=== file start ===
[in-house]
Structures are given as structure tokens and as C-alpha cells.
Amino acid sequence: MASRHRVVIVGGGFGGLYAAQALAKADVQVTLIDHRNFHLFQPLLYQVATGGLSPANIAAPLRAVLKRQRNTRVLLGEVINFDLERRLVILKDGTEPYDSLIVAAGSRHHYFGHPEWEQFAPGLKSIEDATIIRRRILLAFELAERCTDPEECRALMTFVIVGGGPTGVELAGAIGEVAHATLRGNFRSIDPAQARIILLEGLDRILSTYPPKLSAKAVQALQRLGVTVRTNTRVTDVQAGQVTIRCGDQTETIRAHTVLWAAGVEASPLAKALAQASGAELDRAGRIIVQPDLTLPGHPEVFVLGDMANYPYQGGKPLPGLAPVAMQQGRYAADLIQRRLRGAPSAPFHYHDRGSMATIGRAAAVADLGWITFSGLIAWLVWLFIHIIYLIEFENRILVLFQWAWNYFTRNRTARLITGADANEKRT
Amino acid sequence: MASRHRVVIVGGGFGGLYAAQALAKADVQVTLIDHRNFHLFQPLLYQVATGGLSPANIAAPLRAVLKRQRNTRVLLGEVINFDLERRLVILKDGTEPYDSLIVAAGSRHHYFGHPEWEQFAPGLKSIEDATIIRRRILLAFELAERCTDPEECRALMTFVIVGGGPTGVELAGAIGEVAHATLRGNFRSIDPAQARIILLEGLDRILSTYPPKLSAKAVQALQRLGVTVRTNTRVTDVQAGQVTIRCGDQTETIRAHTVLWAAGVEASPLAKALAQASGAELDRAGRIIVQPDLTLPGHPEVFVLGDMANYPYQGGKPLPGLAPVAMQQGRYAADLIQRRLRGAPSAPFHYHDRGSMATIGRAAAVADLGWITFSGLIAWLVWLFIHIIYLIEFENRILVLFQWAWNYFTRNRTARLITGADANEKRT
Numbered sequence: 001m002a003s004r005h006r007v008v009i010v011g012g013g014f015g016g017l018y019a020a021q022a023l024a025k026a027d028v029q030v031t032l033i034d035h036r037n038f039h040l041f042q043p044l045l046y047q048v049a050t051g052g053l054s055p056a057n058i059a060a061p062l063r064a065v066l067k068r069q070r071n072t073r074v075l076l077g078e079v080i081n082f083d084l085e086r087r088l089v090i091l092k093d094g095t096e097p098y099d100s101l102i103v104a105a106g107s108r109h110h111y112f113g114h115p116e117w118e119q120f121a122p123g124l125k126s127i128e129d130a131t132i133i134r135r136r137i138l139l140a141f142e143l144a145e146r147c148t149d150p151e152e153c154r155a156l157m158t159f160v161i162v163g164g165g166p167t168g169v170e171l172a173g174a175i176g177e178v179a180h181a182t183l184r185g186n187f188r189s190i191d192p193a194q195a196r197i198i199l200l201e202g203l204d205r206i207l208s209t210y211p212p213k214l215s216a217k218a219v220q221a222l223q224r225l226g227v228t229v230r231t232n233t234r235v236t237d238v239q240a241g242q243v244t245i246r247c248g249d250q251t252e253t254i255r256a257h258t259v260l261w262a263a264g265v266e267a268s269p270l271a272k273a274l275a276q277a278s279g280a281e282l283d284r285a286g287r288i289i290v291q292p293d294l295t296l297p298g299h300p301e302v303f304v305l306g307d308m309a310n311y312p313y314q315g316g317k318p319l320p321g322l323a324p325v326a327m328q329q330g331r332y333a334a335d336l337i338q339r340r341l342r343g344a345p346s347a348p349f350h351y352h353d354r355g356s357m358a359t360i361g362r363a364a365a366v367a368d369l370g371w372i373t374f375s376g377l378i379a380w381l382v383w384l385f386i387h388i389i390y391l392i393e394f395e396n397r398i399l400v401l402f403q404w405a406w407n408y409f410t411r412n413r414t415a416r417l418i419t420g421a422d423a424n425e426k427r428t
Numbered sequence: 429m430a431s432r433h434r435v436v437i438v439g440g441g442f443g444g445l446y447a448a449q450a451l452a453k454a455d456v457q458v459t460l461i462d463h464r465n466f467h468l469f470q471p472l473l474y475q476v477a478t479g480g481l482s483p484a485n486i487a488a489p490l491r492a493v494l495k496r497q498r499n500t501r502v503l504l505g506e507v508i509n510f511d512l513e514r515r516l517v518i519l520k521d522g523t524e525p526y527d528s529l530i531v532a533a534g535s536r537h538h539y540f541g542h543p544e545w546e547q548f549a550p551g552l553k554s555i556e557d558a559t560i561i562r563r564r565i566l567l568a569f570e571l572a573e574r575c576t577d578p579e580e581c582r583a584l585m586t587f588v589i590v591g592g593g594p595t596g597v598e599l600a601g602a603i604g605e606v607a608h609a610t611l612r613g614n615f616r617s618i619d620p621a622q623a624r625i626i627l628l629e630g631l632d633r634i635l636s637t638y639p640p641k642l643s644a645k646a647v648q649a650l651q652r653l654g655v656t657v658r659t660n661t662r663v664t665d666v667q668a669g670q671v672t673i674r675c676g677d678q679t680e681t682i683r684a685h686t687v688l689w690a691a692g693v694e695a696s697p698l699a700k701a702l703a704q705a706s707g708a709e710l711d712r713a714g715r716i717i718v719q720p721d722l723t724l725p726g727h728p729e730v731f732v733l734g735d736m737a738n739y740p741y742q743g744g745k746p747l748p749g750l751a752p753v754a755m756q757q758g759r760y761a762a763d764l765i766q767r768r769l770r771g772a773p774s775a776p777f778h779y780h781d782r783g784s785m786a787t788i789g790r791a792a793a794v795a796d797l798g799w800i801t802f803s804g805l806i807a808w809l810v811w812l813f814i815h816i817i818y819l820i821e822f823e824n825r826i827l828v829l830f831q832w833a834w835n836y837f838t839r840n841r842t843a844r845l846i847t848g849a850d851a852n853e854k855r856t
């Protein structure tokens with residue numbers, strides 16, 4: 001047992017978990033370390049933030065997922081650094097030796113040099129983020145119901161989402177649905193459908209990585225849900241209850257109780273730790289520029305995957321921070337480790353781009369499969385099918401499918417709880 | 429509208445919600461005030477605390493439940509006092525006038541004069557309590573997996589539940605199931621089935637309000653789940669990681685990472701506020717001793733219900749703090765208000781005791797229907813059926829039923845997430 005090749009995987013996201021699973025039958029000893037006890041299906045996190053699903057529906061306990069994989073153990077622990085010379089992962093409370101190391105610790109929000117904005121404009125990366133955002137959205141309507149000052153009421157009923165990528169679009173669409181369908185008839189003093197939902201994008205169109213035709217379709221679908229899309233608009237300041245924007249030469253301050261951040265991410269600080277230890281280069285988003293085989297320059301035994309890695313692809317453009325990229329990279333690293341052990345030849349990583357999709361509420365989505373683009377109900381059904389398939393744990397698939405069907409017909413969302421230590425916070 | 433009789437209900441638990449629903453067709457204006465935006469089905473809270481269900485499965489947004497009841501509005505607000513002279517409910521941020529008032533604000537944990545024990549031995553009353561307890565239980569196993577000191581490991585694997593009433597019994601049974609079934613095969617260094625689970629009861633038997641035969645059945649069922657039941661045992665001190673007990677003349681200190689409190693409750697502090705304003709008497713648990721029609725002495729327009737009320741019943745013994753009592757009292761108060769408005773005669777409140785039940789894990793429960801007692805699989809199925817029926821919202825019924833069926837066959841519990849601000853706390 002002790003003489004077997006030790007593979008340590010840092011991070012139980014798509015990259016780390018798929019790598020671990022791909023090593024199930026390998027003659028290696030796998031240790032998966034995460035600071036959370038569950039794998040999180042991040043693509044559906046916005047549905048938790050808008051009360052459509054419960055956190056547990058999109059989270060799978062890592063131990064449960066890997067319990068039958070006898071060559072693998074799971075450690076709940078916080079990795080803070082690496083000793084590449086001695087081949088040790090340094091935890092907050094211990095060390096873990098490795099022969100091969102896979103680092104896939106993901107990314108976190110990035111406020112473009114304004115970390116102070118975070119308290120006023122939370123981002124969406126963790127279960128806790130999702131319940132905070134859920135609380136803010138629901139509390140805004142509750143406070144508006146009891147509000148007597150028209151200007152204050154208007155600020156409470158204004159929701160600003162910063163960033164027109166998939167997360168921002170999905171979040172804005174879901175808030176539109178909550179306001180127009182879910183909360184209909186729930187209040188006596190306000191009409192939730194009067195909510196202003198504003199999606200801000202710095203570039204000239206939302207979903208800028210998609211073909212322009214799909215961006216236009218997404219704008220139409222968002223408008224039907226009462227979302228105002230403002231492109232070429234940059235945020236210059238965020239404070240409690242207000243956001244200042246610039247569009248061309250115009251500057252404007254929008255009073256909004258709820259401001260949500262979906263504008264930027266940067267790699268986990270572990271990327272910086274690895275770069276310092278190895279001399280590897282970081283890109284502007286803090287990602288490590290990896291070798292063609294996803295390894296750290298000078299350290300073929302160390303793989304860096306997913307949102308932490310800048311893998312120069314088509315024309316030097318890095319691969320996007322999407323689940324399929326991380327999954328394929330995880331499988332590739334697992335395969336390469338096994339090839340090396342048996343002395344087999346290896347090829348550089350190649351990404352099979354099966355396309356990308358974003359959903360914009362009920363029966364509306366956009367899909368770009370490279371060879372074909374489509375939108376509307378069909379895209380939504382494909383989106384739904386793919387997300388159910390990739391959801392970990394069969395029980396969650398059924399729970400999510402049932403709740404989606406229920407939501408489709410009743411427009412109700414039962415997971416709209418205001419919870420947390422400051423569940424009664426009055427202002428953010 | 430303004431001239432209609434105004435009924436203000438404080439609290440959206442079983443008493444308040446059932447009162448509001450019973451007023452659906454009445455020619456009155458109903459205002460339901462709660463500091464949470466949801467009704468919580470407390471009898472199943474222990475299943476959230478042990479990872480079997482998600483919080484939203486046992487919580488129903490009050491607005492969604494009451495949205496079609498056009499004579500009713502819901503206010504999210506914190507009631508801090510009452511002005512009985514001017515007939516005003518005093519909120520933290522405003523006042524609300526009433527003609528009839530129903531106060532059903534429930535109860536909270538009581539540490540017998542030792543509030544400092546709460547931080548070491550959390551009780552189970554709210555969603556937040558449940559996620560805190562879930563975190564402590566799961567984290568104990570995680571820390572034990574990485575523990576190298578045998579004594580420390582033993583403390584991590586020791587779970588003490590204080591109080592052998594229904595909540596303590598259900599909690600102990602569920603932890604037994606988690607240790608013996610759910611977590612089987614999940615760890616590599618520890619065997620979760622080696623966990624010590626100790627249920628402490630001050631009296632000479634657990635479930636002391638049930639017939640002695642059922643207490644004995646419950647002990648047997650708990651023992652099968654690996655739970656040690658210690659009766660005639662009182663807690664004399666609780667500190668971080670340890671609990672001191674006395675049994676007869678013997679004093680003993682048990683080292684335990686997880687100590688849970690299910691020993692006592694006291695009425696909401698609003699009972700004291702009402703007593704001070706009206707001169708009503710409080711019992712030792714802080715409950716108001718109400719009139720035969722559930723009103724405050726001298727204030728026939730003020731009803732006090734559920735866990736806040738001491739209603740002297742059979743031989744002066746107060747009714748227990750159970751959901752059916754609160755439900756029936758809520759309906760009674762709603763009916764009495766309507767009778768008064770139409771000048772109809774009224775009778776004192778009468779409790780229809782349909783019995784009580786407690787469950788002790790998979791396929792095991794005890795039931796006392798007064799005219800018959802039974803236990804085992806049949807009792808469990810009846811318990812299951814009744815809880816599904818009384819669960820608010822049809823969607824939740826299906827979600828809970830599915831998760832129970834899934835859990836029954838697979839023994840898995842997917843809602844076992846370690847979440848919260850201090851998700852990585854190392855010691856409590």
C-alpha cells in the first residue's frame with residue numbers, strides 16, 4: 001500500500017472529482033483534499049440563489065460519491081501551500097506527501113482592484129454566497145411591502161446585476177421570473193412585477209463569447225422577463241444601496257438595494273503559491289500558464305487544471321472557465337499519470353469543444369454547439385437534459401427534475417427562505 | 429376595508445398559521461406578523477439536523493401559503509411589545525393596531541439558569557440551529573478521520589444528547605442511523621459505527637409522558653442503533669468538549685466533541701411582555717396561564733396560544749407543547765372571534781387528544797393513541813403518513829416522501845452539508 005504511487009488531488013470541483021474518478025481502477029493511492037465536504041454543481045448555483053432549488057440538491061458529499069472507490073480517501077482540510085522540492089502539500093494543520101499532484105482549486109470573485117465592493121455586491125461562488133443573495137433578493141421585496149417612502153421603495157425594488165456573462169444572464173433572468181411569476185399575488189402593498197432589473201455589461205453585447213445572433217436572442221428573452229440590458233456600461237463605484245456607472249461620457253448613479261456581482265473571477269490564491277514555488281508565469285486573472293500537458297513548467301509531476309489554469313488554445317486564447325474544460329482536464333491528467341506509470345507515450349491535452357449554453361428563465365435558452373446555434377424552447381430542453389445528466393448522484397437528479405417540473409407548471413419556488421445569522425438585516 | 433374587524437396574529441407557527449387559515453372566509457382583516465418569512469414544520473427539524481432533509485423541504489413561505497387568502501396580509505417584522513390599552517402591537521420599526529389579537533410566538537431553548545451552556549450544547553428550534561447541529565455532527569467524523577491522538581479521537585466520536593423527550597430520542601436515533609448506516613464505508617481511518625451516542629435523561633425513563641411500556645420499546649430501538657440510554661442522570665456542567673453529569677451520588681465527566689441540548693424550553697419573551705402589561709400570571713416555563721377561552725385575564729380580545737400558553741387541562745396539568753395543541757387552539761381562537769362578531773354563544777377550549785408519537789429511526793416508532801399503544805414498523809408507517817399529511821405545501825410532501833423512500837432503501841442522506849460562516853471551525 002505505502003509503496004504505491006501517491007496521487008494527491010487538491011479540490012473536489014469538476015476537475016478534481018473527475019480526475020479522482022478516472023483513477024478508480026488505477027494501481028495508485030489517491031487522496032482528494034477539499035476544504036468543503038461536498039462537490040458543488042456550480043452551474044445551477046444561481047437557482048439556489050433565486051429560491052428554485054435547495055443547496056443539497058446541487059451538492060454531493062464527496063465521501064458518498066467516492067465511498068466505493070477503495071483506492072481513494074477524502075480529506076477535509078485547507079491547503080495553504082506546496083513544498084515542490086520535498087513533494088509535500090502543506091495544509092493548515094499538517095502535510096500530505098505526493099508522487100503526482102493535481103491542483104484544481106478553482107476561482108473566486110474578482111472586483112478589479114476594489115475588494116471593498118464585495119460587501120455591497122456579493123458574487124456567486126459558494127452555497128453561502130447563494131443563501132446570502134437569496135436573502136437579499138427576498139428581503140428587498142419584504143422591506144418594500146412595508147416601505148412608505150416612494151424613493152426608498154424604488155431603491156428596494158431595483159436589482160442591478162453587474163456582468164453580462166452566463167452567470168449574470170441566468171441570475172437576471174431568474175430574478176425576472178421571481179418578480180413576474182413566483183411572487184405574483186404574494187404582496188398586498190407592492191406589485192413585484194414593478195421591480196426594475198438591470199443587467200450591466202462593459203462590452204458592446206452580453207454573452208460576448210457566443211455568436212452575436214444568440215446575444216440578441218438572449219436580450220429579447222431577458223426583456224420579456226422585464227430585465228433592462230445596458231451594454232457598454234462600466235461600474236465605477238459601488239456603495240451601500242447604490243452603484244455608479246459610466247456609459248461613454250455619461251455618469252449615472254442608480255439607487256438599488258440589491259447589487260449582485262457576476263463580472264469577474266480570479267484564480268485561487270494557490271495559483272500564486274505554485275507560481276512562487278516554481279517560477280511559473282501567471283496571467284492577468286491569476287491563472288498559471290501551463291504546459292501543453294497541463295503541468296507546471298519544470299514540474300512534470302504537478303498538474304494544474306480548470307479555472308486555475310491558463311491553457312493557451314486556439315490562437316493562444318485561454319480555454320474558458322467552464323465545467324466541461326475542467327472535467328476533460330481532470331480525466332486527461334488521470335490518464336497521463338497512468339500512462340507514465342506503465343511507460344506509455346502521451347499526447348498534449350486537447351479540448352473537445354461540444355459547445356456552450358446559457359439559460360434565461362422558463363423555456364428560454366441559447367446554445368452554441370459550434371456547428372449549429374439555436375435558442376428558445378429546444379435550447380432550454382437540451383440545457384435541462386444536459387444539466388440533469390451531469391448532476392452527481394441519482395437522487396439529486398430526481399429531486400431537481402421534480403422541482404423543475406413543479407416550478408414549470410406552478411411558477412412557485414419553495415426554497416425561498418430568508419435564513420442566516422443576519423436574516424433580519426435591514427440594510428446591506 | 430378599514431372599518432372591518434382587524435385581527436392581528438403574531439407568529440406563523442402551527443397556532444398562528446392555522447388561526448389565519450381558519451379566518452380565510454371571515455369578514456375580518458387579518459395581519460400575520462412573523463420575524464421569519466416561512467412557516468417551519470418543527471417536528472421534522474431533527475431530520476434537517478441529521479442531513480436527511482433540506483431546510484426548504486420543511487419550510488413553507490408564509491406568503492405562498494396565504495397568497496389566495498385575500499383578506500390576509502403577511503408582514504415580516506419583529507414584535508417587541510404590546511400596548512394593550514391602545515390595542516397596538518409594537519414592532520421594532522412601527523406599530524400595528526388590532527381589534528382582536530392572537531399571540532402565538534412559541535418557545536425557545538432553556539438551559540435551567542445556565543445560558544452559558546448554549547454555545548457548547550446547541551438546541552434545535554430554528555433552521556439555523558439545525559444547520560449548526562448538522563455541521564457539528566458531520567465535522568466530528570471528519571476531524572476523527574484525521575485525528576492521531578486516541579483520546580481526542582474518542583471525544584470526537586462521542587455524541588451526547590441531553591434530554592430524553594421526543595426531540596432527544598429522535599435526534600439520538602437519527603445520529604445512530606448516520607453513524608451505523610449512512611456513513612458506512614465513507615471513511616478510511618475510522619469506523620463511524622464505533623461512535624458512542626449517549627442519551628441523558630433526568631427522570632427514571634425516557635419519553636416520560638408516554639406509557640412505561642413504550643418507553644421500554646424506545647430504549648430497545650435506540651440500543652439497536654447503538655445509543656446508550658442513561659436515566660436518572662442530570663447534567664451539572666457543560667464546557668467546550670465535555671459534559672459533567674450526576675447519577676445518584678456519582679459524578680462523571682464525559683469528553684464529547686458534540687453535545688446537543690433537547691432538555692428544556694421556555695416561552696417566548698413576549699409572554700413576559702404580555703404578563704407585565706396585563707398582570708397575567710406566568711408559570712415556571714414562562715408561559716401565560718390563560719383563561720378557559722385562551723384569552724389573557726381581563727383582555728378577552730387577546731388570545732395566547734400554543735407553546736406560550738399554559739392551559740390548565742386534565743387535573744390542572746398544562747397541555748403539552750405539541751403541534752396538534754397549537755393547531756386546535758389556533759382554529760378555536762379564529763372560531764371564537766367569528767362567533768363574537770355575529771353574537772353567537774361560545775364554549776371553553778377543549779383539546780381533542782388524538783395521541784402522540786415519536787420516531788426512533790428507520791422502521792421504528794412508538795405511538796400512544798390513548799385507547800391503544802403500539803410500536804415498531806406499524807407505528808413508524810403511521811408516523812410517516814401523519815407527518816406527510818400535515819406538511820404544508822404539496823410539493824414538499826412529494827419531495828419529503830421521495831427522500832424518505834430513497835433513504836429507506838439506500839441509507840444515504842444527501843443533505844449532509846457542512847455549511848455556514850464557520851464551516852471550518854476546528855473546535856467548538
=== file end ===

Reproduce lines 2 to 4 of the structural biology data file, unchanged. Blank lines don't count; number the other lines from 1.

Structures are given as structure tokens and as C-alpha cells.
Amino acid sequence: MASRHRVVIVGGGFGGLYAAQALAKADVQVTLIDHRNFHLFQPLLYQVATGGLSPANIAAPLRAVLKRQRNTRVLLGEVINFDLERRLVILKDGTEPYDSLIVAAGSRHHYFGHPEWEQFAPGLKSIEDATIIRRRILLAFELAERCTDPEECRALMTFVIVGGGPTGVELAGAIGEVAHATLRGNFRSIDPAQARIILLEGLDRILSTYPPKLSAKAVQALQRLGVTVRTNTRVTDVQAGQVTIRCGDQTETIRAHTVLWAAGVEASPLAKALAQASGAELDRAGRIIVQPDLTLPGHPEVFVLGDMANYPYQGGKPLPGLAPVAMQQGRYAADLIQRRLRGAPSAPFHYHDRGSMATIGRAAAVADLGWITFSGLIAWLVWLFIHIIYLIEFENRILVLFQWAWNYFTRNRTARLITGADANEKRT
Amino acid sequence: MASRHRVVIVGGGFGGLYAAQALAKADVQVTLIDHRNFHLFQPLLYQVATGGLSPANIAAPLRAVLKRQRNTRVLLGEVINFDLERRLVILKDGTEPYDSLIVAAGSRHHYFGHPEWEQFAPGLKSIEDATIIRRRILLAFELAERCTDPEECRALMTFVIVGGGPTGVELAGAIGEVAHATLRGNFRSIDPAQARIILLEGLDRILSTYPPKLSAKAVQALQRLGVTVRTNTRVTDVQAGQVTIRCGDQTETIRAHTVLWAAGVEASPLAKALAQASGAELDRAGRIIVQPDLTLPGHPEVFVLGDMANYPYQGGKPLPGLAPVAMQQGRYAADLIQRRLRGAPSAPFHYHDRGSMATIGRAAAVADLGWITFSGLIAWLVWLFIHIIYLIEFENRILVLFQWAWNYFTRNRTARLITGADANEKRT